F. Jay Dougherty is currently a Professor of Law at Loyola Law School in Los Angeles, where he teaches Copyright Law, Entertainment Law and related courses and is Director of its Entertainment & Media Law Institute and Concentration Program. Prof. Dougherty has worked in the Entertainment Department of Paul, Weiss, Rifkind, Wharton & Garrison in New York, where his work included representation of Broadway composers and authors. He pursued his interest in the motion picture industry by moving to Los Angeles, working first in the Motion Picture/Television/Music Departments of Mitchell, Silberberg & Knupp and then the legal departments at United Artists Pictures and Metro-Goldwyn-Mayer Pictures and the business affairs department of Morgan Creek Productions. After a corporate takeover of MGM, Professor Dougherty moved to the legal department of Twentieth Century Fox, where he became Senior Vice-President, Motion Picture Production and Worldwide Acquisition Legal Affairs. Before joining the Loyola faculty, he served as Assistant General Counsel for Turner Broadcasting System, responsible for Turner Pictures. Prof. Dougherty received his B.A. from Yale (magna cum laude), and received his J.D. with honors from Columbia University School of Law. A frequent lecturer on copyright, the right of publicity, various legal and business aspects of the entertainment industries, and related topics, he was President of the Los Angeles Copyright Society in 1996-97, a Trustee of the Copyright Society of the U.S.A. from 1997-2000, and was Chairperson of the Executive Committee of the Los Angeles Country Bar Association’s Entertainment Law & Intellectual Property Section in 2012-13. He is currently Editor-in-Chief and was Co-Editor in Chief of the Journal of the Copyright Society of the U.S.A. since 2008, and was also previously a member of the Editorial Board. The Beverly Hills Bar Association recognized Prof. Dougherty with its “Outstanding Entertainment Law Scholarship” award in 2002, and in 2014 the Association of Media & Entertainment Counsel recognized him as “Public Service Lawyer of the Year,” for his work in developing the entertainment & media law program at the Law School. Prof. Dougherty’s publications include All the World’s Not a Stooge: The “Transformativeness” Test for Analyzing a First Amendment Defense to a Right of Publicity Claim Against Distribution of a Work of Art, 27 Colum. J. Law & Arts 1 (2003);  Not a Spike Lee Joint?  Issues in the Authorship of Motion Pictures Under U.S. Copyright Law,  49 UCLA L.Rev. 225 (2001), Recent Developments in Right of Publicity, 46 J. Copyright Soc’y U.S.A. 467 (1999); Foreword, Legal and Business Issues in the Digital Distribution of Music, 20 Loy. L.A. Ent. L.Rev. 207 (2000); Foreword, The Right of Publicity—Towards a Comparative and International Perspective, 18 Loy. L.A. Ent. L. J. 421 (1998); and a chapter entitled “The Many Means of Celebrity” for the 2005 Annual book published by the International Association of Entertainment Lawyers, IAEL 2005: Celebrity.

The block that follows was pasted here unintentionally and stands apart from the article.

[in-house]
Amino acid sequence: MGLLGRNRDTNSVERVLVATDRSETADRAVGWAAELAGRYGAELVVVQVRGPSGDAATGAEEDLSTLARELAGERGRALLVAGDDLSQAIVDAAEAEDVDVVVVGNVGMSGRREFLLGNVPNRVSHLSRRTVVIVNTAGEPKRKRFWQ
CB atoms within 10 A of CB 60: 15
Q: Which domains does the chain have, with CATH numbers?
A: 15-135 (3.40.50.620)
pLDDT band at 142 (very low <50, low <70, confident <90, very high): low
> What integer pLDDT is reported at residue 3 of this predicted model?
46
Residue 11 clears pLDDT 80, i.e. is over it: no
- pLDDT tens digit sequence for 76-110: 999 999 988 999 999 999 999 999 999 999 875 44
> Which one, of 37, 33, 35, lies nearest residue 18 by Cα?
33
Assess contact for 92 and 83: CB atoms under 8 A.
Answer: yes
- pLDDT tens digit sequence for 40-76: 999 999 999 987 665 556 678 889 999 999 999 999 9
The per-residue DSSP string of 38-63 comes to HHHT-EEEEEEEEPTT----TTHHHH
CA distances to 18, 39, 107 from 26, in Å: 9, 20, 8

Deborah Evans, President of Della Music Publishing, LLC, began working in the music publishing business in 1998 for Beebe Bourne at Bourne Co. representing a prestigious catalogue of standards such as “Me and My Shadow,” “Here’s That Rainy Day,” “Unforgettable,” and “When You Wish Upon a Star.” She later joined the staff of The Harry Fox Agency for several years, working in both the synchronization and the mechanical licensing departments. In 2002, she moved to Helene Blue Musique Ltd. as Director of Copyright and Licensing, managing all areas of copyright, licensing, and royalties for the company and promoting a distinguished and varied catalogue of the music of Charles Strouse (ANNIE and BYE BYE BIRDIE), Paul Winter, the Scorpions and UFO, and Lorin Maazel. In January 2007, Deborah took on the responsibilities of Director of Publishing for Stray Dog Music, managing a growing and diverse catalogue of indie-rock, alt-country, rock-a-billy, jazz, pop, and hip-hop. She is now an independent music publisher of her own, having started Della Music Publishing in August 2007, and represents both domestic and foreign catalogues. She is thrilled to be the administrative support behind talented songwriters, not only understanding the importance of placement of songs in film, TV, commercials, and new media, but also understanding the necessity of cultivating the songwriter and freeing the songwriter to spend time creatively. The majority of her time is spent as a music publisher, maintaining and promoting the catalogues of many rap and hip hop artists such as Reggie Noble (pka Redman) and Erick Sermon, the Keep On Kicking Music classic reggae catalogue, Sweet River Music, and professional artists and songwriters such as Randy Klein and Anya Singleton. She represents several overseas publishers such as Cee Dee Music from the UK and Editions Ozella from Germany. Deborah also does freelance administrative work for other independent music publishers, including The Clyde Otis Music Group, September Music, and Helene Blue. Additionally, she spends time doing clearance and licensing work on her own and in partnership with Deborah Mannis-Gardner and DMG Clearances, Inc. A musician herself, Deborah holds a Master’s Degree in Harpsichord Performance from Montclair State University and also spent many years teaching piano and performing; however, she discovered a true home as a music publisher. She is a member of the Association of Independent Music Publishers (AIMP), the Copyright Society of the USA (CSUSA), and the National Music Publishers’ Association (NMPA).